A Balancing of the Scales

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Status: Finished  |  Genre: Non-Fiction  |  House: Booksie Classic
Ruminating on the concept of 'Brownie Points'....

Submitted: June 26, 2012

A A A | A A A

Submitted: June 26, 2012




A Balancing of the Scales


Ruminations on Brownie Points



As I grow older, I am surprised at how often people arrive at judgments using only a part of the knowledge they have accumulated; when a well-rounded opinion where both sides of the ledger are considered, would be almost as easy.


It’s not laziness. I wish it were that simple. I think it represents how people are much more impacted by negatives than positives. In my book, before a big decision, they should get equal weight when we load up the scales of justice.


I’m shocked at how often this is not the case.


Think for a second how maybe a loved one will remember the one or two critical things you may have said, and seemingly ignore the 30 positive things you have said or done. Criticism resonates more with people. That’s not an opinion, its fact, at least my in my experience.


So why is that?


When did compliments lose their impact? And when did criticism (and I’m talking about both constructive criticism, and mean spirited criticism) become this monolithic, looming presence like a black cloud, by comparison?


Compliments tend to slide right off of most peoples shoulders. I often can literally see this happen. And criticism or meanness tends to bury fathoms deep, yet still can be recalled in an instant.


Criticism hurts. Compliments make you feel good.


Where does the weight differentiation come in? Is it that people have grown to mistrust nice gestures, to simply not assign the same value to them as they do to criticism? Again, to me that is obviously the case.


Checks in the negative column appear to be applied with bold face underlined italics, while those on the plus side of the ledger are added, if at all, in pencil.


Whatever happened to the concept of earning Brownie Points?


Now, before the knee-jerk defensiveness kicks in (pun intended), I know not ALL people are this way. But a lot more are than are not, in my observation.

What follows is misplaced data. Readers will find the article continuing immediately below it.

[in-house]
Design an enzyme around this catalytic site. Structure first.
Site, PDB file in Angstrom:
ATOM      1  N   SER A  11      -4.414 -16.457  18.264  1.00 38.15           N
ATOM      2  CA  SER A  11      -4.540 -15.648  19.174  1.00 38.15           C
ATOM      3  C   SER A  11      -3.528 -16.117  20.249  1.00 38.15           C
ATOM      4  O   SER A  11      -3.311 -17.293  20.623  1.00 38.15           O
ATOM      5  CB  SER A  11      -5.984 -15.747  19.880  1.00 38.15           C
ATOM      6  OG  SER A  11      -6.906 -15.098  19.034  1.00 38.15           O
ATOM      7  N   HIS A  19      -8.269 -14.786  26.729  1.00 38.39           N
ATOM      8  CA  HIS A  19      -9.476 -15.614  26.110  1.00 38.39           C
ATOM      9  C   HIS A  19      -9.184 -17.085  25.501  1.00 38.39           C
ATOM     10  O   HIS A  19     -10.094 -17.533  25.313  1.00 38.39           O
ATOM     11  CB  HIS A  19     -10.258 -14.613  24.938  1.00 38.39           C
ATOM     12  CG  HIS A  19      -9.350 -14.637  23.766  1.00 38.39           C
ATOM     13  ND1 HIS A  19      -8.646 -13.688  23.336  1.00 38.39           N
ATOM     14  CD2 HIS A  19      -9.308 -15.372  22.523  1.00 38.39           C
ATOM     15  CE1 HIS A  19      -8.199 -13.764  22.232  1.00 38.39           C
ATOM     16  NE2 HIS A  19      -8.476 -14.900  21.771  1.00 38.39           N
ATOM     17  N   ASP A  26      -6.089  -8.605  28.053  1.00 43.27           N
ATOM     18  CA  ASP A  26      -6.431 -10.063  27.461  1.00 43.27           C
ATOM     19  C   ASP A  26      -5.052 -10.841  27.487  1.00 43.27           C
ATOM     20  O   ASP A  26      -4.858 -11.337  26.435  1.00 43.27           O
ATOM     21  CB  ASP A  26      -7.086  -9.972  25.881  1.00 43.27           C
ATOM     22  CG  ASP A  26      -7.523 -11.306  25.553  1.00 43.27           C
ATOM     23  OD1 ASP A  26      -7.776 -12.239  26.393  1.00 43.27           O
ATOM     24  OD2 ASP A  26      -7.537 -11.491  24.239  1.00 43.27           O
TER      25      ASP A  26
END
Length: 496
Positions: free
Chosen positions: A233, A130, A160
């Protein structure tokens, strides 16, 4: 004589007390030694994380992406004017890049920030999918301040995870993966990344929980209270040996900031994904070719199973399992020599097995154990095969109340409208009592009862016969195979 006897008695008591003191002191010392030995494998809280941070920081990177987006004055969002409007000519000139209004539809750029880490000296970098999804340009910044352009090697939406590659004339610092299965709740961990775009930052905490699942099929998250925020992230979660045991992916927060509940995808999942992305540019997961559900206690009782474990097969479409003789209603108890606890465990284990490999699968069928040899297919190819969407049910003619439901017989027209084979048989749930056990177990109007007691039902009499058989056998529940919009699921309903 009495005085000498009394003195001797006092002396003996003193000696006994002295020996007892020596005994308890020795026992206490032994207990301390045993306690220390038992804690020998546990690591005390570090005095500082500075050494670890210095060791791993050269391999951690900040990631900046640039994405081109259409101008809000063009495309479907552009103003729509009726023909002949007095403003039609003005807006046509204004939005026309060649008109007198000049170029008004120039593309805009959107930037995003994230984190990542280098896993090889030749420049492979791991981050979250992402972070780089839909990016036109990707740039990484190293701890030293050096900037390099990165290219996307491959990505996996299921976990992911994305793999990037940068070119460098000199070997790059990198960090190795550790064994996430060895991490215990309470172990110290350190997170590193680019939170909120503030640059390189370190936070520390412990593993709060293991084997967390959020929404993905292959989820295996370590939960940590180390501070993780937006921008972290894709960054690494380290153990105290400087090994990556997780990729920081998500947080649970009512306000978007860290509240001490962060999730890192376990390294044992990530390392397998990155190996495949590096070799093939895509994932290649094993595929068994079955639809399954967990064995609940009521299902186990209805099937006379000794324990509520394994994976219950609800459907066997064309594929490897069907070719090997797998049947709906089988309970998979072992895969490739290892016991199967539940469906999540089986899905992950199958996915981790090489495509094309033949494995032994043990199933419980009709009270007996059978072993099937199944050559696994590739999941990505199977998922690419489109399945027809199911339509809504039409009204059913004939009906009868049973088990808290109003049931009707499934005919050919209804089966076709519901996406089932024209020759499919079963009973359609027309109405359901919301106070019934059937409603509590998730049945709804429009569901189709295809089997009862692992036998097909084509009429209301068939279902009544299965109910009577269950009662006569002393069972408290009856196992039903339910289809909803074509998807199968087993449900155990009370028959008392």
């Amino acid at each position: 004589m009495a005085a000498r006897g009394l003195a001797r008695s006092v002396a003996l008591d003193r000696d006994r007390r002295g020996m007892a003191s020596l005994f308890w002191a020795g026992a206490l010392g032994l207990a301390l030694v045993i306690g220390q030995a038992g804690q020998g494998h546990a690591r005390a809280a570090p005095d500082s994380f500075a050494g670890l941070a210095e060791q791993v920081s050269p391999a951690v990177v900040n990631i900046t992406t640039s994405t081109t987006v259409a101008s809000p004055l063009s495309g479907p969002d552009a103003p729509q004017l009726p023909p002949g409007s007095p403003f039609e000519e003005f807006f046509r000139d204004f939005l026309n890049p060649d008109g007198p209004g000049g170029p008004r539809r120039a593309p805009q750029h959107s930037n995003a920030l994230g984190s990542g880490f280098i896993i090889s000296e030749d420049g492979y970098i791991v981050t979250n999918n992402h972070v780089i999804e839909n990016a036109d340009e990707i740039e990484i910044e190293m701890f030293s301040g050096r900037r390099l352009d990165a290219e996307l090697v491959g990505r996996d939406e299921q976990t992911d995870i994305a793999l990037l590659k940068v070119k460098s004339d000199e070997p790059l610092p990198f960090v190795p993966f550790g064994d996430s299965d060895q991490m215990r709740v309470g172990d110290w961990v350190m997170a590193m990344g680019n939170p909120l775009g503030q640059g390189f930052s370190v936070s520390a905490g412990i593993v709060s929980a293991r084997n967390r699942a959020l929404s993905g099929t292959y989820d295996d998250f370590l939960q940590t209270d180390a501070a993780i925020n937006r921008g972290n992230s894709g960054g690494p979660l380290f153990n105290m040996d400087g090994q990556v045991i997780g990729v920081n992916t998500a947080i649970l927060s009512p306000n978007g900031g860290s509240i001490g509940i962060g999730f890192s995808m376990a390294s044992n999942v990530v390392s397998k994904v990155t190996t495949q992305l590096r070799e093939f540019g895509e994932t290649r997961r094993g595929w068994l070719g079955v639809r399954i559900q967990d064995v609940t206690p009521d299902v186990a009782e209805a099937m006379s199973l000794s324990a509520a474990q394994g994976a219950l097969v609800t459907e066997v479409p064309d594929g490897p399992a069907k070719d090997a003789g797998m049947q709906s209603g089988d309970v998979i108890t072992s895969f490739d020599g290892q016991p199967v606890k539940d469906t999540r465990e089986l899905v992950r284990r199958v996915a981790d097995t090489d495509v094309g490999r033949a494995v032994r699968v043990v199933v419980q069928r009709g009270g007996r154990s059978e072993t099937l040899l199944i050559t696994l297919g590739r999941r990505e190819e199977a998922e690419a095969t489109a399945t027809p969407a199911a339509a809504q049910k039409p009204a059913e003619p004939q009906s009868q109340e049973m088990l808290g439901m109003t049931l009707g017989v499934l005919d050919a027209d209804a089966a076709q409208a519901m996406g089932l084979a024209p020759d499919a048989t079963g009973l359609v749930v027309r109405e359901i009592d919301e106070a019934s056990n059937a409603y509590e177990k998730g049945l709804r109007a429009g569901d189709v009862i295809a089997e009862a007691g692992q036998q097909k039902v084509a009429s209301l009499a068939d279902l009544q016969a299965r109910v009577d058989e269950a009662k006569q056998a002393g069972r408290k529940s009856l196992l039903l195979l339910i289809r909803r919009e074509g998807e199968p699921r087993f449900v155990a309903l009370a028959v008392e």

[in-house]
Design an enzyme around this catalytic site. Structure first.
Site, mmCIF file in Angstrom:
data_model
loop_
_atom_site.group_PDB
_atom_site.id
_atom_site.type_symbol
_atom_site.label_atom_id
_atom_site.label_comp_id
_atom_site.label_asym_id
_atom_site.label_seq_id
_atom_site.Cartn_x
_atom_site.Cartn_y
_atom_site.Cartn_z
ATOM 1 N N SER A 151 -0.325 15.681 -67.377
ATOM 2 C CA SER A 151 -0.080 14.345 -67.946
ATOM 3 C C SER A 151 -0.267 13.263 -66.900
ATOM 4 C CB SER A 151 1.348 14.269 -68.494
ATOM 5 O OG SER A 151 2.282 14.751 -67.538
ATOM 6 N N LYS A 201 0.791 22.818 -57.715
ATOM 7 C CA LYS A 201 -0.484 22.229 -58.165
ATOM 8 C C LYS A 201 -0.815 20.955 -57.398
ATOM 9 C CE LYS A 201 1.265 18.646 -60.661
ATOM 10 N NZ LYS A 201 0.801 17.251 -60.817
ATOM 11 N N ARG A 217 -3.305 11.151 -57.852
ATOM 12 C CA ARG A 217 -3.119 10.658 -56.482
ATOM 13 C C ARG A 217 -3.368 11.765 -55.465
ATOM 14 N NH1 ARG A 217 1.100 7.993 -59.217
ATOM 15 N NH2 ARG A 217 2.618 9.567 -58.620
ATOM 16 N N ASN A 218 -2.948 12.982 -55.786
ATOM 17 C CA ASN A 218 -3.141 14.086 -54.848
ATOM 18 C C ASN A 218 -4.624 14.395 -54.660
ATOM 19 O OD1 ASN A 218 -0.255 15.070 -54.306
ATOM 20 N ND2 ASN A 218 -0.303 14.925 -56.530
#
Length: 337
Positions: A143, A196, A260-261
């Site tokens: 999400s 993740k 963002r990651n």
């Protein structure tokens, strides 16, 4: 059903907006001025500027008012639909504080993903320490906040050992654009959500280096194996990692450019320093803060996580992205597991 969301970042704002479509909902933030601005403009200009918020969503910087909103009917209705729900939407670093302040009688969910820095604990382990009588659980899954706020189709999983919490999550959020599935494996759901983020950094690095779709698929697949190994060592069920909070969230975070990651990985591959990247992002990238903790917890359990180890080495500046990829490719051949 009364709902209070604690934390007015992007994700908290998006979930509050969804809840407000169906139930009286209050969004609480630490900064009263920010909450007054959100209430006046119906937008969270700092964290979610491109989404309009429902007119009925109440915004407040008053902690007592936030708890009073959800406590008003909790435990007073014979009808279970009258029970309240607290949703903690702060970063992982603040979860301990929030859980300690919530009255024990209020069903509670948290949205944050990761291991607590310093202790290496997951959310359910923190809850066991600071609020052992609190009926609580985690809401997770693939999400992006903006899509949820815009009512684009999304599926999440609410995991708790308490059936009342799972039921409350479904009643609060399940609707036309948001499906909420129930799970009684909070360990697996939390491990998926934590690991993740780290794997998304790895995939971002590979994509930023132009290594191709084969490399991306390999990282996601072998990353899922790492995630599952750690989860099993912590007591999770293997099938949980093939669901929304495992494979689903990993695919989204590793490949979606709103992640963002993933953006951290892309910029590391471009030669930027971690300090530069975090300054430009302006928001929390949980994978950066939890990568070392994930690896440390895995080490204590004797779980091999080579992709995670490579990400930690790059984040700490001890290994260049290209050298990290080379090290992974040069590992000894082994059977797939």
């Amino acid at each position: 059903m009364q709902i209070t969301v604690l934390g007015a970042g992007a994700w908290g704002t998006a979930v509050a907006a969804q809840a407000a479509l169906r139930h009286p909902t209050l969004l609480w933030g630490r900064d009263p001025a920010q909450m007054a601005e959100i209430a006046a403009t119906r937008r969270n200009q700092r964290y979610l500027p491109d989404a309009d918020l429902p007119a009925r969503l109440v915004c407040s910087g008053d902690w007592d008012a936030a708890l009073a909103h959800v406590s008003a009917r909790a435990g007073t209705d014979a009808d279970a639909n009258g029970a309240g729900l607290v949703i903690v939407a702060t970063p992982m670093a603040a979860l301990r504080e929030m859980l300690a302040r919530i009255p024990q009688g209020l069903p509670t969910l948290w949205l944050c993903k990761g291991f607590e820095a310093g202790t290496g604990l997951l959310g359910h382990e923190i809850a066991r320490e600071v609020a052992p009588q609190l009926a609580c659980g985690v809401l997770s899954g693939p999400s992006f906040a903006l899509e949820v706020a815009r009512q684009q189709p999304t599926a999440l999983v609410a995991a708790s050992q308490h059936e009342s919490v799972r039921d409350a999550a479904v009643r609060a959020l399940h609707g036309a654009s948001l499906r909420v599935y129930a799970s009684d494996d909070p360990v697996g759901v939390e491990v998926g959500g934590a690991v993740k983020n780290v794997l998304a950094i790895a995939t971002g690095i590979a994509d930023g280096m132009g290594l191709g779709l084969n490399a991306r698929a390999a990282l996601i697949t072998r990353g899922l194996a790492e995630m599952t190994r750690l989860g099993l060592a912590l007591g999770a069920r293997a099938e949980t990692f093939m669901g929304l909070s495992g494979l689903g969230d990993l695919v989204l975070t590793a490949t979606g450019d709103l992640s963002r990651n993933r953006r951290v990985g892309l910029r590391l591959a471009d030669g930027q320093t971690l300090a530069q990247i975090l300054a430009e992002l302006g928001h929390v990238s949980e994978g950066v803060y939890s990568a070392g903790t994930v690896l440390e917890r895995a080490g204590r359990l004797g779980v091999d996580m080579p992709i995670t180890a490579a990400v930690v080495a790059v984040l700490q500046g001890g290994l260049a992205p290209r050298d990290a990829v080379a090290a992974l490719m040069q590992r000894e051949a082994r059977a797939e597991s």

I have some luke warm theories as to why the good stuff is the skinny kid in the yard who doesn’t get picked for volleyball, and the fat kid is the preponderous, unwieldy and ever-present sandwich-eating kid that everyone keeps one wary eye on at all times.


We’ve grown so self-absorbed, so easy and free with our MINDLESS platitudes, that true genuine complimentary assessments tend to get lumped in with the throwaway lines we pass off as kindness: “How are you? How have you been? It’s great to see you. What have you been up to? How’s the family?” You know, those ‘filler’ questions we all throw out hoping for that one life-giving, releasing word that ends the conversation before it ever begins: “Fine.”


These ‘pleasantries’ have become so bastardized that they are virtually ignored. And I‘m not saying they shouldn’t be dismissed. Most people simply don’t want to really know the answer to those questions. They don’t care. And so, by extension, I think this mindset gets applied even to the genuine, honest nice things and questions that ARE said and asked. Most people won’t make the effort to differentiate between the superficial, and the consequential inquiry or compliment.


Try to give a heartfelt, longer-than-a-sentence answer to any of those questions and watch the fear spread across their face. It’d be comical if it wasn’t so tragic.


Again. Not everybody does this. But many do. Any of you reading this silently saying “Guilty”?


I know I do it, but I take particular care to never, and I mean never , do it to people I care about.


Of course, those banal niceties can get anybody through an awkward social situation or gathering with strangers. It’s better than being standoffish and rude. But when a clearly insincere platitude or query is offered from someone who matters to me; THAT stings. I’d prefer indifference or apathy to phoniness.


I try to be very diligent about throwing out empty compliments, even to strangers. I notice the name on the nametag at the checkout counter and use it when interacting with them. That’s what it’s there for, right? I’ve gotten many appreciative looks from people who seem moved I’ve gone to the ‘trouble’ to read their damn name tag. It saddens me. Personalizing any human transaction that I possibly can is a goal of mine every time I venture out. It’s a shame most people are only gregarious and genuine with their bartender. Because, trust me, most bartenders want your tip first, second and third, and your life story almost never.


You can even be selfish about it. Personalizing a vapid transaction can make it more palatable, and you will often get better service, or at least a smile. More than worth the effort in my opinion.


But lob out a criticism, constructive or otherwise, and watch the arrow sink deep. No smile forthcoming then, no matter where your heart was when you said it.


It’s an imbalance, and I don’t know how to solve it, other than tending to my own backyard as diligently as I can.

© Copyright 2017 Bill Rayburn. All rights reserved.

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